A friend posted this article on Facebook, and it got me thinking more about what we can do about this stuff. Have you guys ever wondered?
One of the things you can do is look into your county's ad litem program. CASA is the national branch, but states have different bodies that govern the program. But every state has a guardian ad litem program.
What does a GAL do? Well, it depends on the state and on the laws, but for the most part, you go to bat for a kid who needs someone to support their interests and theirs only. When a child is removed from their parent's care, their whole world is disrupted. They get assigned a court appointed attorney, and sometimes a non-attorney advocate. But beyond that, nothing. But with a GAL volunteer, there is someone they can call. You can walk a kid through the process. You can hold his/her hand. And you can stay in touch and mentor long after... if say, that kid ends up in the system, or even back with their parents. You can provide some stability.
Sounds scary, right? CASA is an amazing organization, and they provide really, really good training. The requirement for my county is 30 hours for non-attorneys (8 hours for attorneys; longer if you want to be an attorney ad litem, which is something totally different). They provide support groups, and you have to check in monthly. It is totally scary because you have a kid's life "in your hands" but the support is there!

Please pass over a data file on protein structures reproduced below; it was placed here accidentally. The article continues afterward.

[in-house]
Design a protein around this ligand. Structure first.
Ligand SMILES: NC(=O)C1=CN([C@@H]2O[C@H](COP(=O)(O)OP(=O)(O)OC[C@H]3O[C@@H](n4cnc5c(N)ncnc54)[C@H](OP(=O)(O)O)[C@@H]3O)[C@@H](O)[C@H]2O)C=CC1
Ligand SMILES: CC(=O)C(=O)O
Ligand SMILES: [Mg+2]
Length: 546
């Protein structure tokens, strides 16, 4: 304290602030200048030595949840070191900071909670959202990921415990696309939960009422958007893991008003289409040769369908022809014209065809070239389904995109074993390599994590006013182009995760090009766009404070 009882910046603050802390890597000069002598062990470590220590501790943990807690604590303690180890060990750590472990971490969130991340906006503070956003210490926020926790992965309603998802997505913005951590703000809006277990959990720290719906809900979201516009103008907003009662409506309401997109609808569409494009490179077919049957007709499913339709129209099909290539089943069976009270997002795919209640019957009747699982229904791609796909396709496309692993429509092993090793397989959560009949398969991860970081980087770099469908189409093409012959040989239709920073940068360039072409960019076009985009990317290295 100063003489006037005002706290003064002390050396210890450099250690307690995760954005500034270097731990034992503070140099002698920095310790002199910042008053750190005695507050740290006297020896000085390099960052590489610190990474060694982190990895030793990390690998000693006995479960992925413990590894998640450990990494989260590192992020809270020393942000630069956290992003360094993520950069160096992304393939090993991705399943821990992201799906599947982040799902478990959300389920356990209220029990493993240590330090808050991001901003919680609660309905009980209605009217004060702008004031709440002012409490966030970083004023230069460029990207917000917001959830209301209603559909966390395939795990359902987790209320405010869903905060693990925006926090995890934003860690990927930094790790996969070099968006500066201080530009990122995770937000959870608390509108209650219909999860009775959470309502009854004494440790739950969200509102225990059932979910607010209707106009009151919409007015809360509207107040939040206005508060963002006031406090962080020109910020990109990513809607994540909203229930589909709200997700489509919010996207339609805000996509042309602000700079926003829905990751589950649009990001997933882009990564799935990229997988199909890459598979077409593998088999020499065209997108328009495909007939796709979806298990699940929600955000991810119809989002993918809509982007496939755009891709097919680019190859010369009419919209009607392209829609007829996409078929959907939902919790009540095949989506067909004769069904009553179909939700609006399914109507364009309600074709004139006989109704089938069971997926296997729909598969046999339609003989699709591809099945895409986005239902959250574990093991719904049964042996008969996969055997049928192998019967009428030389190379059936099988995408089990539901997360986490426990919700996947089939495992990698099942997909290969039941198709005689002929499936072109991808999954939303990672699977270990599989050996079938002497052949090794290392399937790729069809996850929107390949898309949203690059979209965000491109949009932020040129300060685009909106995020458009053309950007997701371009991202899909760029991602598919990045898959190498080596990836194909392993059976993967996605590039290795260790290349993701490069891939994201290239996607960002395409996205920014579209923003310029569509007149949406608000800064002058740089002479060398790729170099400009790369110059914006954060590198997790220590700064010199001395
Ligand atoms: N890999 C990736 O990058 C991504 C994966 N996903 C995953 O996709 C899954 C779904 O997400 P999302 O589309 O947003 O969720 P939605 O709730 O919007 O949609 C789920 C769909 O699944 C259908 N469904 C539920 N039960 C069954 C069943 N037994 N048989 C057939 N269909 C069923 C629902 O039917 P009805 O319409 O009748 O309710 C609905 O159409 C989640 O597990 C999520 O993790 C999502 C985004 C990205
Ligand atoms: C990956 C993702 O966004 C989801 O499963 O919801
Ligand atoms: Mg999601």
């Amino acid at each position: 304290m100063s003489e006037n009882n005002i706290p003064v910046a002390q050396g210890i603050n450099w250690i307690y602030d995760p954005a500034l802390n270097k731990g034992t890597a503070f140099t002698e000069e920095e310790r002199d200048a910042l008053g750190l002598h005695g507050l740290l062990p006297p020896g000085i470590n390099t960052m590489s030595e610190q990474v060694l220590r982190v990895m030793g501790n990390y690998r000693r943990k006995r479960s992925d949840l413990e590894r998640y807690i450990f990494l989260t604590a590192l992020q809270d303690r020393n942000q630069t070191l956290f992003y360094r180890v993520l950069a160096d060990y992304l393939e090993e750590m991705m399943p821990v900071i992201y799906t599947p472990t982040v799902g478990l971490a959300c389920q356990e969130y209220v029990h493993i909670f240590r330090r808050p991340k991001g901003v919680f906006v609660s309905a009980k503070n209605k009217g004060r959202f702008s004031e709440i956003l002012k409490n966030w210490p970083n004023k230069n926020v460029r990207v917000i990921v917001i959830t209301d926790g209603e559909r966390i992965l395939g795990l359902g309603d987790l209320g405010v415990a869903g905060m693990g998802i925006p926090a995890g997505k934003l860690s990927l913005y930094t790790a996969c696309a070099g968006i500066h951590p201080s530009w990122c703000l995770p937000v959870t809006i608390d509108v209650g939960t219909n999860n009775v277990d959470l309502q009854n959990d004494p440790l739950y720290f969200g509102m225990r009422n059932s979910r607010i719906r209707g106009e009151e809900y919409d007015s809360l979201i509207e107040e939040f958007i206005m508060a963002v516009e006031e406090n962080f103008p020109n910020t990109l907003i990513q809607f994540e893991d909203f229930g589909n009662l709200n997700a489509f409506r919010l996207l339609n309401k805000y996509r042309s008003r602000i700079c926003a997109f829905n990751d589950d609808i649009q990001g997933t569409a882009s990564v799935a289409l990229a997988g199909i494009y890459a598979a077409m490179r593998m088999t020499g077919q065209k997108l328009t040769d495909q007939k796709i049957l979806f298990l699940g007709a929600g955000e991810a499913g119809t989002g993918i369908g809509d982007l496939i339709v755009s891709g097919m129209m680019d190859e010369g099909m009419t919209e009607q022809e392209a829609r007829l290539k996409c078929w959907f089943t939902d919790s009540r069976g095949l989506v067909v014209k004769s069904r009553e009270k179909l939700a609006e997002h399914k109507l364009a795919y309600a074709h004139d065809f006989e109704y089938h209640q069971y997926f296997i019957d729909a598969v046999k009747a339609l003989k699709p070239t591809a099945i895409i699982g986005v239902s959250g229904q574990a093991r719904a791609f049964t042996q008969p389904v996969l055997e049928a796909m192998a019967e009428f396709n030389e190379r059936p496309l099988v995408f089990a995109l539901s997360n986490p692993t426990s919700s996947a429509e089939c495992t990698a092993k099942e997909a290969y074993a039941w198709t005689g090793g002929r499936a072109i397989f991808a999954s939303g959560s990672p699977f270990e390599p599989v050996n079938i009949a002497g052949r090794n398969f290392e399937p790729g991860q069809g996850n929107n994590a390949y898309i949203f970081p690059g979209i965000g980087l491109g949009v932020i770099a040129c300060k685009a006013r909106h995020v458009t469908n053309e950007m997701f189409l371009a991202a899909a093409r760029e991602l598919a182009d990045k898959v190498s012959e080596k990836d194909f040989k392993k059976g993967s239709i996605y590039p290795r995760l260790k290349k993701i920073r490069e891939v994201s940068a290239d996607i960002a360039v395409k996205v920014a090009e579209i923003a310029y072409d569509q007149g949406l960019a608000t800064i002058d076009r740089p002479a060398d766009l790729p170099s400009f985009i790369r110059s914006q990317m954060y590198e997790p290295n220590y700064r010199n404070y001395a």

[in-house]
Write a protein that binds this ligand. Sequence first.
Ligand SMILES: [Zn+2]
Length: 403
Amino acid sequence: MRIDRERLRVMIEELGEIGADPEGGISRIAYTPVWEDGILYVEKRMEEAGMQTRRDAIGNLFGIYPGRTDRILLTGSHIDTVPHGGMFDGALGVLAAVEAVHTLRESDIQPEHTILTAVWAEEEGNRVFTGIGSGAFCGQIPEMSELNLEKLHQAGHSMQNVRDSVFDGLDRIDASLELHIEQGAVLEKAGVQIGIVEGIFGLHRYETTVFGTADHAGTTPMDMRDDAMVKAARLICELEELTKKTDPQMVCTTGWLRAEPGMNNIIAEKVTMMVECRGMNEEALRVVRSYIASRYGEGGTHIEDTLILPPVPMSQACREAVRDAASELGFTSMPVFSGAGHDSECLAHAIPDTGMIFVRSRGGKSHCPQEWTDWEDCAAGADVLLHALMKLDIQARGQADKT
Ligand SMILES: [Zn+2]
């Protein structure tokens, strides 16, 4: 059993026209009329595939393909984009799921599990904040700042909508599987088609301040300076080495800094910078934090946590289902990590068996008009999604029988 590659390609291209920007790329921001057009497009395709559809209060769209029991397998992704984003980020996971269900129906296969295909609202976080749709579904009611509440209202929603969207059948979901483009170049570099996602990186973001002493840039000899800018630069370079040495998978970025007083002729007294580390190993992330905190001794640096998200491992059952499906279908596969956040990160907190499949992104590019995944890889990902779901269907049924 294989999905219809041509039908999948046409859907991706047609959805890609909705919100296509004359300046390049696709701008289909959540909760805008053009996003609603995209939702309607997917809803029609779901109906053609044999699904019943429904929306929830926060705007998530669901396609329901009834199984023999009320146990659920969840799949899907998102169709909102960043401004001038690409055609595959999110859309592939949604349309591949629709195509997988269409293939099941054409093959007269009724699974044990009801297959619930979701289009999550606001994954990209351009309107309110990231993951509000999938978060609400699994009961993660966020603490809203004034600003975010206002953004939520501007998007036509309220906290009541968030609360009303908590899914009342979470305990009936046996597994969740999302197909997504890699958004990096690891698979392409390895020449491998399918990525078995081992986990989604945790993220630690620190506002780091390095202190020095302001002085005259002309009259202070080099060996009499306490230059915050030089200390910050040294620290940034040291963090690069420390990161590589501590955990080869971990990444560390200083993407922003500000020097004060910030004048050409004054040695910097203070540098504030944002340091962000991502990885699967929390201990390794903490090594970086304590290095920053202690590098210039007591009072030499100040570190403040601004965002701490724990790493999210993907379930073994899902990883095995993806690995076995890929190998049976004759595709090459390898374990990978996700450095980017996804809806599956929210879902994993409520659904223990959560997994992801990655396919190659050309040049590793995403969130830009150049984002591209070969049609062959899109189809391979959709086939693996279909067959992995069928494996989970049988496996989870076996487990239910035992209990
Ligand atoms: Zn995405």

The monetary commitment is fairly low, depending on where you live. Gas costs are probably the biggest barrier for entry.
Also it is possible in our county to do GAL as a team. It is a big time ccommitment, but sometimes a couple or a pair of friends will do it together (both have to be trained, obviously) and will tag team a small family of kids. It allows you to have a buddy in the process, and lessens the burden on each individual.
I'll leave you with a quote from the woman who shared the article, who is, by all accounts, an absolutely amazing person:
One in four children who age out of foster care without a forever family will experience PTSD at twice the rate of US war veterans. This is not simply a resources issue. It is a human rights issue tied intimately to the human psyche. Florida has come far to pass into law our Extended Foster Care program. But let us not forget that it takes more than dollars and program infrastructure to truly heal our foster youth. It requires the engagement of the human spirit!
Consider getting involved with your local ad litem program. Start with CASA, and see where it takes you. Your time and energy will make a difference.